The Susitna 100 is a 100-mile run, ski, or bike race in Alaska, following a portion of the Iditarod trail. You are required to have 15 pounds of gear with you at all times, not including consumable food and 2 liters of water. If you pull a sled, that weight doesn’t count either. The trail is ungroomed by nordic standards, and is oftentimes only one snowmobile width across. A skier can expect uneven terrain, small burms, and varying snow conditions. With the advent of the fat-tired bicycle, bikers are able to ride through even softer snow than ever before. In hard conditions a bike will beat skis, but when things start getting soft (new snow ro warm temps.) the bikes start digging in while skis can still glide across. This race is a combination of fitness, conditions, and equipment. This year was an exceptionally close race.
A week prior, I had held a waxing clinic specifically for this type of race. The focus for waxing is durability and varying snow conditions and temperatures. Temps. can vary from 0-30F during the race, and snow can vary from churned up and dirty to fresh powder to wind-blown semi-crust- all in one day!
This year, despite unseasonably warm temps (20-30F), I stuck with the tried and true- HF blue (thermobagged), LF Moly lightly brushed (for the dirty parts), HF blue covered with Jetstream blue (ironed) and Jetstream blue (rotocorked). It’s hard to convince people (sometimes even myself) to wax this hard for such warm temps., but for this long of a race durable skis will beat out skis that are slightly faster in the beginning.
This year started off rough- still fighting a head cold and rolling my sled 3 times in the first 5 miles- setting me behind all the other skiers and quite a few bikers on the narrow trails. By the first checkpointat 22 miles, the lead bikers were barely in sight and heading toward firmer, more heavily traveled snowmobile routes. Heading up 15 miles of the Susitna and Yentna Rivers, I could catch glimpses of the bikes still 15-20 minutes ahead. As we headed north and left the rivers toward the turnaround checkpoint, the snow got a little deeper and I was able to slowly reel the bikes in. The snow that fell the week prior must have been dry, because despite the warm temps. it was a little squeaky and sandy (soft) feeling. It took about 50 miles to catch up with the lead bikes and take the front.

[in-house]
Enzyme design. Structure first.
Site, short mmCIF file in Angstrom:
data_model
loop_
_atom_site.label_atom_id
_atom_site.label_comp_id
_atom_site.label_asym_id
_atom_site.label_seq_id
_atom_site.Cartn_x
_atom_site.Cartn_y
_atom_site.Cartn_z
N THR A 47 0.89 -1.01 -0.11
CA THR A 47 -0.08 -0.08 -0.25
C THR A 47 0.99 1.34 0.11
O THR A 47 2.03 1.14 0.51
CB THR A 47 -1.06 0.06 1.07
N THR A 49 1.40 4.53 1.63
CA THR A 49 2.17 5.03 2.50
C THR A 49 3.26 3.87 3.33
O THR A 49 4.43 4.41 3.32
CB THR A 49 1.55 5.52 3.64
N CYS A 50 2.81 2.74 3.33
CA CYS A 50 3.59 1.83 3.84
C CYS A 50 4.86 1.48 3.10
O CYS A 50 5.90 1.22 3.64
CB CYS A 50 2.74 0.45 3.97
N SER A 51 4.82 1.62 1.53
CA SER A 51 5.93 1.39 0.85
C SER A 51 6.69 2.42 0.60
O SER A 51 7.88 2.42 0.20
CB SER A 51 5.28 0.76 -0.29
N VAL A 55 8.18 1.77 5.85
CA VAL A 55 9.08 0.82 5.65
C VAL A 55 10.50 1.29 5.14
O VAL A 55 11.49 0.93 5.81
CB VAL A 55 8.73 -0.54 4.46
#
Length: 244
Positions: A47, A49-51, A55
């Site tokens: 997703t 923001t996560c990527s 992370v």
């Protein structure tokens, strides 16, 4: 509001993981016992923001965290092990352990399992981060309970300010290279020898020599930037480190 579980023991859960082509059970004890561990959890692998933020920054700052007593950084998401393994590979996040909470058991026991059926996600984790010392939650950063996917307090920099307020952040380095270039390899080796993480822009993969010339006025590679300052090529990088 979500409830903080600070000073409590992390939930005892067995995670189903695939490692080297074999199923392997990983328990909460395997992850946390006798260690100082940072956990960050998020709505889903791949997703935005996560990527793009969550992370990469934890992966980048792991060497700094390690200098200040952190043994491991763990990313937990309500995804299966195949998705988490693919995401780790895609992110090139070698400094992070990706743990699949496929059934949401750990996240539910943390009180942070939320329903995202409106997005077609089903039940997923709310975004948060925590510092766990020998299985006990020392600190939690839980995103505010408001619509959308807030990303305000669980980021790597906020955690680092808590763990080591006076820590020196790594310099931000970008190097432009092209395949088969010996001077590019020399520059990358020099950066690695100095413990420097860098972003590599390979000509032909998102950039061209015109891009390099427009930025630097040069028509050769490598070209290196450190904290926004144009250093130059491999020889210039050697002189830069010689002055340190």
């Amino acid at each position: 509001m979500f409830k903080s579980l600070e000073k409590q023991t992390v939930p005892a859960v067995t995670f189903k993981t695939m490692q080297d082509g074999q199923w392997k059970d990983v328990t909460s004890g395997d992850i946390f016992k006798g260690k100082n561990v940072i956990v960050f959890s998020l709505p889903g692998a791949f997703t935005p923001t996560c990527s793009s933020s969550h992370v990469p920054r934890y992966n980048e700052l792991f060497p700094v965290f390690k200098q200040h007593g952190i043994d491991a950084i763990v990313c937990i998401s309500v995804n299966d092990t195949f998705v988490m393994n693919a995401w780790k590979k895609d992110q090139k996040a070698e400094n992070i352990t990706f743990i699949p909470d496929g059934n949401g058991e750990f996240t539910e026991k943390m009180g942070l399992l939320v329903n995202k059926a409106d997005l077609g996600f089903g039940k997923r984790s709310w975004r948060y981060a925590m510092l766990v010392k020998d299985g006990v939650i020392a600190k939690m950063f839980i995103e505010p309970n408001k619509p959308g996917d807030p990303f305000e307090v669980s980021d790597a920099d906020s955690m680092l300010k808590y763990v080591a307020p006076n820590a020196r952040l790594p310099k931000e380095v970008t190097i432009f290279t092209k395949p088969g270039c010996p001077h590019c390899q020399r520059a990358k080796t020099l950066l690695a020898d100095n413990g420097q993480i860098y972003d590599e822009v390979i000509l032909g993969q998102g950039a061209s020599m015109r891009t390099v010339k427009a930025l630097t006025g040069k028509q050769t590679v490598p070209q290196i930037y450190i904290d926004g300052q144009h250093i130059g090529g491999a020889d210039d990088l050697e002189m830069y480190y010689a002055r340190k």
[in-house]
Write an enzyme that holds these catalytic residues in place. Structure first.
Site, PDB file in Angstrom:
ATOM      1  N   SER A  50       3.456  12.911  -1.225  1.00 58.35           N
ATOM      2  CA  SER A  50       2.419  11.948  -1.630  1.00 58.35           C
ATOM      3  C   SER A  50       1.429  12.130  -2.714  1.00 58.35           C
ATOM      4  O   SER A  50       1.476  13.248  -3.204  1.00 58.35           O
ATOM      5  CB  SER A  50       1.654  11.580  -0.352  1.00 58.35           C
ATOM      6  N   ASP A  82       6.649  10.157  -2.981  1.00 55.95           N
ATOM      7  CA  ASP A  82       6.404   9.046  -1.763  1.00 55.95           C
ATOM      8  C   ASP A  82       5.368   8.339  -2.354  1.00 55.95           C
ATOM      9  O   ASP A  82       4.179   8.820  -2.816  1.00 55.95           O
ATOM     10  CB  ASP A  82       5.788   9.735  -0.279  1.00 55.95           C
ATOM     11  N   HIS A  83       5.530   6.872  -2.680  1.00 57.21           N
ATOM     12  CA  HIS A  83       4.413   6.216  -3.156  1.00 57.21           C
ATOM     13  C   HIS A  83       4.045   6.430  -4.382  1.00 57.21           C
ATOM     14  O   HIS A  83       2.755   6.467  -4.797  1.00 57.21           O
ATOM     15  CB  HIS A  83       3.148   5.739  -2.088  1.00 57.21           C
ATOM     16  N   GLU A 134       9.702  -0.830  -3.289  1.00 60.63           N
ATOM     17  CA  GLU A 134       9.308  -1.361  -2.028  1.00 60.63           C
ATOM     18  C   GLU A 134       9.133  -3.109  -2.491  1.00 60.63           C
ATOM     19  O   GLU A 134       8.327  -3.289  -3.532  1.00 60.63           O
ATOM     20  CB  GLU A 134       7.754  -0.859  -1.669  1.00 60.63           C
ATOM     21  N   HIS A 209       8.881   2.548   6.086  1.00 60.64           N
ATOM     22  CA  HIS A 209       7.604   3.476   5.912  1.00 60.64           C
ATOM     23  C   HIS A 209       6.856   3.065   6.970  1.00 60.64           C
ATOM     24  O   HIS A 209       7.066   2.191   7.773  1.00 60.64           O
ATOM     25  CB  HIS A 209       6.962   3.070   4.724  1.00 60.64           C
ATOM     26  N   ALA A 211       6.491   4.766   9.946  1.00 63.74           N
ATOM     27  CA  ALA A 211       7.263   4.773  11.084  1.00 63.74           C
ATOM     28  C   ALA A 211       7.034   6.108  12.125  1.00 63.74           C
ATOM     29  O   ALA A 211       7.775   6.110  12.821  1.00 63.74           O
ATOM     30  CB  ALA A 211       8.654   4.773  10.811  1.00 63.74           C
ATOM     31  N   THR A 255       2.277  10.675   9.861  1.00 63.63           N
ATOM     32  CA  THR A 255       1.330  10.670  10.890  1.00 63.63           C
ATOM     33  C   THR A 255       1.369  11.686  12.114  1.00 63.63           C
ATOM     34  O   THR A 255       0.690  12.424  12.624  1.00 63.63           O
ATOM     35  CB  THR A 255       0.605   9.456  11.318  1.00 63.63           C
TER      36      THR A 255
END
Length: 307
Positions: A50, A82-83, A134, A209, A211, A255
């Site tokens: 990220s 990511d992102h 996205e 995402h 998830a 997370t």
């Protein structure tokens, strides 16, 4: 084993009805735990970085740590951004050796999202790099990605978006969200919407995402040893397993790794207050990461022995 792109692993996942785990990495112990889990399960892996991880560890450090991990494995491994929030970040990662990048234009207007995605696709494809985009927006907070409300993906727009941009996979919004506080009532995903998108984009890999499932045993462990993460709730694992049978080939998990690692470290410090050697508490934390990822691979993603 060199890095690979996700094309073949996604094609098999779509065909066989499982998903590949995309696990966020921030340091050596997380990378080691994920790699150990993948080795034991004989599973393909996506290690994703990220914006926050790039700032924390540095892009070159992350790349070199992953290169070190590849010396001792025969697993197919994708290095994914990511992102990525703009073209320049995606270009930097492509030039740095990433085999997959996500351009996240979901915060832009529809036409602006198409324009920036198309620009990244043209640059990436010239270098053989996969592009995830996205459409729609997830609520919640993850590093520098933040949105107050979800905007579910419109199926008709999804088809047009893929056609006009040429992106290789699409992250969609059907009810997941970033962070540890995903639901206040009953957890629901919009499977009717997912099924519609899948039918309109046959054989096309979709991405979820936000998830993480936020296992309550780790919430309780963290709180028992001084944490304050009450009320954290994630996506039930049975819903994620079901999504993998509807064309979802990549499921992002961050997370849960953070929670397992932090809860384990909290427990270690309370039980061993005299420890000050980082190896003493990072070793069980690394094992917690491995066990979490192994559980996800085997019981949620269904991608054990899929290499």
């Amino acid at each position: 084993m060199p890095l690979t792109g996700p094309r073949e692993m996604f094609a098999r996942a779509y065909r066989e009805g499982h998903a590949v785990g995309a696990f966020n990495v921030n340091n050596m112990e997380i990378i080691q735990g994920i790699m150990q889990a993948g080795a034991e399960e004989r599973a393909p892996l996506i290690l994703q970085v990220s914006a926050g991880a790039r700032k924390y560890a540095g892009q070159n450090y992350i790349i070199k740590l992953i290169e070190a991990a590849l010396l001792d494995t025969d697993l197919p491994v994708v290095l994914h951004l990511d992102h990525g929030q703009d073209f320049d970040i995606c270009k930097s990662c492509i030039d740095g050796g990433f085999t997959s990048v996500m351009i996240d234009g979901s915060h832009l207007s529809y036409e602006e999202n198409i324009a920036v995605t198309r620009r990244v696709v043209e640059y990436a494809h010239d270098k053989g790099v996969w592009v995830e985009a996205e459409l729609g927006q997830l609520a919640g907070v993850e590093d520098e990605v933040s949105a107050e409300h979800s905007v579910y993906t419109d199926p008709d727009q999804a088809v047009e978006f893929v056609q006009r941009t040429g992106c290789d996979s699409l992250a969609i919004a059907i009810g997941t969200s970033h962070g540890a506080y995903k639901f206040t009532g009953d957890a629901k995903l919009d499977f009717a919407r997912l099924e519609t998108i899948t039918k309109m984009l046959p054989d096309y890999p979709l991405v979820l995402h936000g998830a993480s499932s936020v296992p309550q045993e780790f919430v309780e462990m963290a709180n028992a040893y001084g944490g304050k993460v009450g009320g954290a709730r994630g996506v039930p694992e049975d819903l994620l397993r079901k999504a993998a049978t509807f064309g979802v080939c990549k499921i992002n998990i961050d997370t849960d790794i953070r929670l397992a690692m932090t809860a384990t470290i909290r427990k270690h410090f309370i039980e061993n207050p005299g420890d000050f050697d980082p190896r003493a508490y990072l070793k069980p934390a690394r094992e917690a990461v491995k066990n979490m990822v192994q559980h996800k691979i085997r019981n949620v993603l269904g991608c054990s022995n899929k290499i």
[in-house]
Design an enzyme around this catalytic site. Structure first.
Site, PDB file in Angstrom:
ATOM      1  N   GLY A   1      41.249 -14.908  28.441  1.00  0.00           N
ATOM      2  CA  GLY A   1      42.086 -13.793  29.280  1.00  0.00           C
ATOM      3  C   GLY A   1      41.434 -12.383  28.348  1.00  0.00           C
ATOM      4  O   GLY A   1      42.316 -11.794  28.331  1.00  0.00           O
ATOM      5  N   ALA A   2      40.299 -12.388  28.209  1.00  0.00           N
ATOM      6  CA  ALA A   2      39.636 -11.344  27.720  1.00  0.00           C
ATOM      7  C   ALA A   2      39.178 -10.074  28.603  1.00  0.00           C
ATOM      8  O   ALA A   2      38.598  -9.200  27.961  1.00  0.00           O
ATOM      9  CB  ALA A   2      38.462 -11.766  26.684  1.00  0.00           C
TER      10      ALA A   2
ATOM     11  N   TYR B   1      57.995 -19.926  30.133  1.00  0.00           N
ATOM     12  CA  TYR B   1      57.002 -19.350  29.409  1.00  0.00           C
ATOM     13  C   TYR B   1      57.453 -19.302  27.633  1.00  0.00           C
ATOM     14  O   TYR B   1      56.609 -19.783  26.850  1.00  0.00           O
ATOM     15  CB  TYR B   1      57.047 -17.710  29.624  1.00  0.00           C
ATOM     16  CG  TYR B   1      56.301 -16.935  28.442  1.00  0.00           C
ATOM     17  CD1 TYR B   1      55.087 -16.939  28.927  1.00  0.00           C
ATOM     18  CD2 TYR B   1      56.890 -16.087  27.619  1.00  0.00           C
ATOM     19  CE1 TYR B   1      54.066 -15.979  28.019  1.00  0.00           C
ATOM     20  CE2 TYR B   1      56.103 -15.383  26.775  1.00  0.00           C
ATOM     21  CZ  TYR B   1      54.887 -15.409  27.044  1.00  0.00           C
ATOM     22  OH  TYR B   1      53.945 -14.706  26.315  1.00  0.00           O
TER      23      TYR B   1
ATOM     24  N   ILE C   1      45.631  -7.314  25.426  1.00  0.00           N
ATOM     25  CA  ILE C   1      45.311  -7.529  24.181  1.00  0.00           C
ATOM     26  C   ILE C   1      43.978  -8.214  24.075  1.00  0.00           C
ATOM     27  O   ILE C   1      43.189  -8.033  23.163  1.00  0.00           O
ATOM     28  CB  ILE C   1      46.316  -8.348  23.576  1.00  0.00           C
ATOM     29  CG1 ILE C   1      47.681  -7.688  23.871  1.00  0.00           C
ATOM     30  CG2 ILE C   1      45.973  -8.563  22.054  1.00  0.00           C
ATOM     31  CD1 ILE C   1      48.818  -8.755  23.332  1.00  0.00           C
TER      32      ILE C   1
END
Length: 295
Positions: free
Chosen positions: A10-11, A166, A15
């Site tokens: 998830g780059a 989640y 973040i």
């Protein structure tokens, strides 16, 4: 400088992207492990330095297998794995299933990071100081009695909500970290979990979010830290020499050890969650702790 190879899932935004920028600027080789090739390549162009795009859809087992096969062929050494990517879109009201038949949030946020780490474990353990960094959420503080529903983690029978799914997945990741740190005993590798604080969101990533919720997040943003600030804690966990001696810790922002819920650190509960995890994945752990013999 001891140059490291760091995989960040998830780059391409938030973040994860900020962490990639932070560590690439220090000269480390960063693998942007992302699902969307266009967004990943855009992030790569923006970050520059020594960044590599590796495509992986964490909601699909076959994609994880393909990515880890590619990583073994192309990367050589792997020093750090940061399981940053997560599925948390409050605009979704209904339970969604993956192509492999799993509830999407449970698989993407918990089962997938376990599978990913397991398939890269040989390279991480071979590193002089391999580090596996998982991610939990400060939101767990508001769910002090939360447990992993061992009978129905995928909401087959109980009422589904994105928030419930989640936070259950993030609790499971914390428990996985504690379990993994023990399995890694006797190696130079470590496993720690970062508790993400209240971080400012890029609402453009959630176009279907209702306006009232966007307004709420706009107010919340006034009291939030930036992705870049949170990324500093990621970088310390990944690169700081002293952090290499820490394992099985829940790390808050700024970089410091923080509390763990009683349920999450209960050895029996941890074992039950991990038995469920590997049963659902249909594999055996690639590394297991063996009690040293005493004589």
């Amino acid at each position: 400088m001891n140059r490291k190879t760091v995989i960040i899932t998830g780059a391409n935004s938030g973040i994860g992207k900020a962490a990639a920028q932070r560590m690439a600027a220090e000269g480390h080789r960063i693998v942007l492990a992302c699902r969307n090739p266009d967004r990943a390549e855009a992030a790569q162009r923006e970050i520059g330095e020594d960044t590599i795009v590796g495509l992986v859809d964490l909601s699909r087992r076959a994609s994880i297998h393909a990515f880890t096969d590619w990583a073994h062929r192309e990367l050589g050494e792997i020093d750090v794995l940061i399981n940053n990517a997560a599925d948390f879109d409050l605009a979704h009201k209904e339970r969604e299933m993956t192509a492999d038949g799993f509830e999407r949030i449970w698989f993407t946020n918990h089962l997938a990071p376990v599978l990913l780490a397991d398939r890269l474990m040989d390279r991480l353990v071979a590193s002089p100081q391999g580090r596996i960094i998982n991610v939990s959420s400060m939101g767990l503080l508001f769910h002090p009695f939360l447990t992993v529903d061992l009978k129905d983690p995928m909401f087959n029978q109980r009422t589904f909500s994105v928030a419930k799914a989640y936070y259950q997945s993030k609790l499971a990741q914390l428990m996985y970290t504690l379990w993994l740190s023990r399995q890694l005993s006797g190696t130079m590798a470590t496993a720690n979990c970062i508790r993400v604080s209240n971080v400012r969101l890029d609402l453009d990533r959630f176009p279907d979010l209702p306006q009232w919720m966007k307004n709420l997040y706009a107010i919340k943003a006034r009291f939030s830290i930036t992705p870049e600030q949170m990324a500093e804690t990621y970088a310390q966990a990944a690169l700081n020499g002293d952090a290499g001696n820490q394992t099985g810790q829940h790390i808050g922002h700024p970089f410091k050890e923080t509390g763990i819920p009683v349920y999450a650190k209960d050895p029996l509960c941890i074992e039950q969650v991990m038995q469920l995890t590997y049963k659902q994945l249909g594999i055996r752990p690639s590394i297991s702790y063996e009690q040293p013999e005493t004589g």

Here’s where strategy comes in: gain as much lead as you can while the conditions favor you without over-doing it and running out of energy. With a tailwind and heading downriver on the return, I was able to keep an 8-9 minute lead on the bikes as I headed to the last checkpoint (mile 85). With about 1 mile of (bike-pushing) soft trail on a lake before the final 14 miles of (bike-favorable and firm) snowmobile highway before the finish, I made my escape across the lake, and pushed it hard to the finish trying to keep their headlamps out of sight.